Tuesday, September 13, 2011

Exit show a real kick(er) for Taylor

The Rhythm Chicks, aka Lynne Taylor and Kristine Malpica, are sitting at a window table at Cafe di Siena, kicking back before putting on happy faces for a photo shoot for the debut album from Liz Frame and the Kickers, scheduled for a late-October release. They're also trying to remember, without much luck, it turns out, the last time RC2 (Taylor, since she came into the Liz Frame fold later, though the designation is by no means official) did a solo show. Malpica is pretty sure it was two years ago, a solo show in Portsmouth. At the Unitarian church, maybe? But, no, Taylor isn't buying it, even though she has nothing to contribute to resolve the question. "It's been a while,"  says the Port bassist, a fixture on the local music scene for a quarter-century, who fronted a list of bands longer than your arm. And that's ... OK? Yeah, it is, as far as she's concerned. It's actually better than OK, because now she only has to do the fun stuff: get to the show or rehearsal on time and play the bass and sing harmony, not the ugly-but-necessary stuff  — booking, budgets and promotion. "I'm happy as a Kicker,” she says. "This is way more fun, less pressure." It's also the reason people stop in their tracks when they see that Taylor will be performing solo in a benefit for Exit Dance Theatre, the modern dance troupe that will be celebrating its 25th anniversary next year. It's not true, not exactly anyhow. The Sept. 23 performance not so much a solo show so much as it is a collaboration. She'll be backed by a band, a kind of impromptu band, one that includes RC1 on percussion — as well as a performance by Exit, which will debut a new piece set to one Taylor tune, and a poetry reading.

 The daughter of a folk musician and a poet, Taylor, who has been teaching elementary school at River Valley Charter School for a dozen years, grew up in Ohio during the’60s and ’70s, and absorbed the social consciousness of that time. She began writing her own songs as a teenager, and has been performing professionally ever since. A musical chameleon, she landed in the Port in the mid-'80s and quickly established herself, performing in a variety of styles, from roots and rock to country and folk, with bands like Klaxxon, Mad Savannah and Fishcreek, the Taylor family band, as well as a solo artist. Her last album as a solo artist was “Grace” in 1996. Rantic, her last effort with a rock band, released its eponymous debut in 2001. Fishcreek has released three albums along the way —  “Cascade” in 1998, “Up Fishcreek Without a Paddle” in 2002 and “Calling My Children Home” in 2009.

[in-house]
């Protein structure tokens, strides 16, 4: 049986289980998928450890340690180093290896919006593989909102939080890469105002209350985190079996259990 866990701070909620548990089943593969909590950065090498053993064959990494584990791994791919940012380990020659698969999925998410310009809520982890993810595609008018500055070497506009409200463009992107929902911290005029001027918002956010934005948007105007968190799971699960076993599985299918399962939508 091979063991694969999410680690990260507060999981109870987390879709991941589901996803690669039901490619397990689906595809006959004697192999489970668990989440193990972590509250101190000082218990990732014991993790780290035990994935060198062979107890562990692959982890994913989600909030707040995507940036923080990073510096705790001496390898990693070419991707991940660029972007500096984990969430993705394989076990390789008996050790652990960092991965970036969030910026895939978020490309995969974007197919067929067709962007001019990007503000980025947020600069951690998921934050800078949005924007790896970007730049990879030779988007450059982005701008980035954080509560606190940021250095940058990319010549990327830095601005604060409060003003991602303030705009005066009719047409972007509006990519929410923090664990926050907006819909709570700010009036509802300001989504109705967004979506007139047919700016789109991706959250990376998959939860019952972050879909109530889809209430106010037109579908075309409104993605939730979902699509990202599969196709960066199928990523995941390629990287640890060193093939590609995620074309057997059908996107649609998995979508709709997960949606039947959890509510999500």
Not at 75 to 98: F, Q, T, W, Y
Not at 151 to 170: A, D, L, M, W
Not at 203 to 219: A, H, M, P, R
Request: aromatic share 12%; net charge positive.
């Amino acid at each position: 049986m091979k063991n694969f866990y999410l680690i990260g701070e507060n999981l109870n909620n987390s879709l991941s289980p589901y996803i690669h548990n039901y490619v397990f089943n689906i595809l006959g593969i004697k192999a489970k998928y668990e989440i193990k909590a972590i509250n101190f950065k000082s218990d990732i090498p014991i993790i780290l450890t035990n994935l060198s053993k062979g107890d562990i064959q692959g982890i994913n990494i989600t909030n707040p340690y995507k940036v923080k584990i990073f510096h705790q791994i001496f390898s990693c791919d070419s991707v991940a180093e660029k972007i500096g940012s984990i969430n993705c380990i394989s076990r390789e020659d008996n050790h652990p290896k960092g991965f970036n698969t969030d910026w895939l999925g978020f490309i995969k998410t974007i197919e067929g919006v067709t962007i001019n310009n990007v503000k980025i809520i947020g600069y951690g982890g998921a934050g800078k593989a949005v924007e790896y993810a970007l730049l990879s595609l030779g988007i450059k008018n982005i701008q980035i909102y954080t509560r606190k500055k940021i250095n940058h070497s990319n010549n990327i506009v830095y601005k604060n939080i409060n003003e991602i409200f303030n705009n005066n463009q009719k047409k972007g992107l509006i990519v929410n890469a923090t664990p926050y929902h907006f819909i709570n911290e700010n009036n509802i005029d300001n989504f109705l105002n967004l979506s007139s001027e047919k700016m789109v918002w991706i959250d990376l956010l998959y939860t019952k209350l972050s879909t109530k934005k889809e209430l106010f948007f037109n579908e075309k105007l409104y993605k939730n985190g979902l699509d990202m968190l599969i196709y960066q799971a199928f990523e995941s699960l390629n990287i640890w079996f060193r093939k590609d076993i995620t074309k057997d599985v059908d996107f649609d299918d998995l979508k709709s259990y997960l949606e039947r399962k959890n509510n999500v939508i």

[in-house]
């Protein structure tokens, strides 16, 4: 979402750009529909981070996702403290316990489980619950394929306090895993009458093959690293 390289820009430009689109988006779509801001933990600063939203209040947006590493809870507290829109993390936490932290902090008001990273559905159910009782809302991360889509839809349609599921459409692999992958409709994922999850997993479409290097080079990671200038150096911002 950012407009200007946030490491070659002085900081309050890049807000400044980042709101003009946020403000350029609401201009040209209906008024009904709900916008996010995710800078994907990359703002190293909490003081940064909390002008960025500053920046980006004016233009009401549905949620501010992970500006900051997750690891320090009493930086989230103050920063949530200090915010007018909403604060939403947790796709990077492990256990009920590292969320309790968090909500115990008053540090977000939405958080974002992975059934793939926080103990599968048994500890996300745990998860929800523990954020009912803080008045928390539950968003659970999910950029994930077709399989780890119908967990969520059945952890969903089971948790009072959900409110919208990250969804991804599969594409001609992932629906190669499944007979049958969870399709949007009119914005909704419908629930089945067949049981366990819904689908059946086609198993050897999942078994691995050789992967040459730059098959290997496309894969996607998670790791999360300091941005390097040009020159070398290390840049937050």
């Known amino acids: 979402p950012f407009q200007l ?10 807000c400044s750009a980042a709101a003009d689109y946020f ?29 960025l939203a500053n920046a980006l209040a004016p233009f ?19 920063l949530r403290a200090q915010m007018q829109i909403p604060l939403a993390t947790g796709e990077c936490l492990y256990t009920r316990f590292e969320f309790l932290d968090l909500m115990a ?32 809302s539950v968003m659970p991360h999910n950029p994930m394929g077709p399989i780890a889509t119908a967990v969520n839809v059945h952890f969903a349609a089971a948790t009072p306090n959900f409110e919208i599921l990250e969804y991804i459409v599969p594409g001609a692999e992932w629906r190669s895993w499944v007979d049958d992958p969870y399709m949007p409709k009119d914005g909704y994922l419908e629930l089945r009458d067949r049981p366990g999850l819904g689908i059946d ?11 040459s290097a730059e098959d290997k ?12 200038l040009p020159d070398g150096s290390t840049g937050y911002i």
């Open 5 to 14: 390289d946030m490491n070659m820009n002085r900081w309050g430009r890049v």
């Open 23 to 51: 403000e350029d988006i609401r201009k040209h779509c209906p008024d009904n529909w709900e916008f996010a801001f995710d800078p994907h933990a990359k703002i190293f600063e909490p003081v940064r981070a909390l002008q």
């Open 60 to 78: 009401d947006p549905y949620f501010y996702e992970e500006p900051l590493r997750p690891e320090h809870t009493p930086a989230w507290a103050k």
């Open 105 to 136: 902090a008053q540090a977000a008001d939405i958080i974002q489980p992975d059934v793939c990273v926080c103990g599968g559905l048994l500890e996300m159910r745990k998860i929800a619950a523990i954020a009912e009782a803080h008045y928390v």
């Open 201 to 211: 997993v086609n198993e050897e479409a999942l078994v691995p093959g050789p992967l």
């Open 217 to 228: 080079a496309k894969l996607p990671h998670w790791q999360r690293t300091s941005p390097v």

Exit will open the performance with a remounted piece by Tricia Walsh titled, "Embrouille" to music by Madeleine Peyroux. The company will also perform a new dance to Taylor's song "Perfect," a rocky, passionate song that lays out what a woman will promise or sacrifice for love, with its final repeated phrases of, "Practice makes perfect, practice makes perfect." Cambridge poet Alex Aliwill read from his collections of gritty and lyrical poetry. Then Taylor will play a set to round off the evening. In addition to her fellow Rhythm Chick, Taylor will be joined by Amesbury guitarist John Ouellette and Ed Passarella, from Pleasant Valley Social Club. But, aside from "Grace," the title song from Taylor's last album, and "Far Off in the Hills," another cut from that that release, even the biggest Lynn Taylor fan will probably be adrift in the performance. There will be some new tunes as well as old songs never recorded and rarely, if ever, performed live. She’ll probably also cover “Still I Rise,” a Curtis Jerome Haynes song.

The show, she says, will have the feel of performance art, with the songs telling a story of growing up, of surviving relationships, of staying true to yourself and your art. It's a story, she says, that only emerges in the rearview, in retrospect. "I know it's cliche," she says, "but it's true: If I knew then .... It's about acceptance. I have the same concerns, the same ideas about politics and social justice that I’ve always had, but I'm not angry about them the way I used to be. I have faith in life.”

JUST THE FACTS, MAN: Exit Dance Theatre will present an evening of dance, music and poetry with singer-songwriter Lynne Taylor at 8 p.m. Sept. 23 at Studio II Black Box, located at The Dance Place, 50 Water St., Newburyport. Tickets are $10. For more information, call 978.465.1485 or by logging into The Dance Place web.

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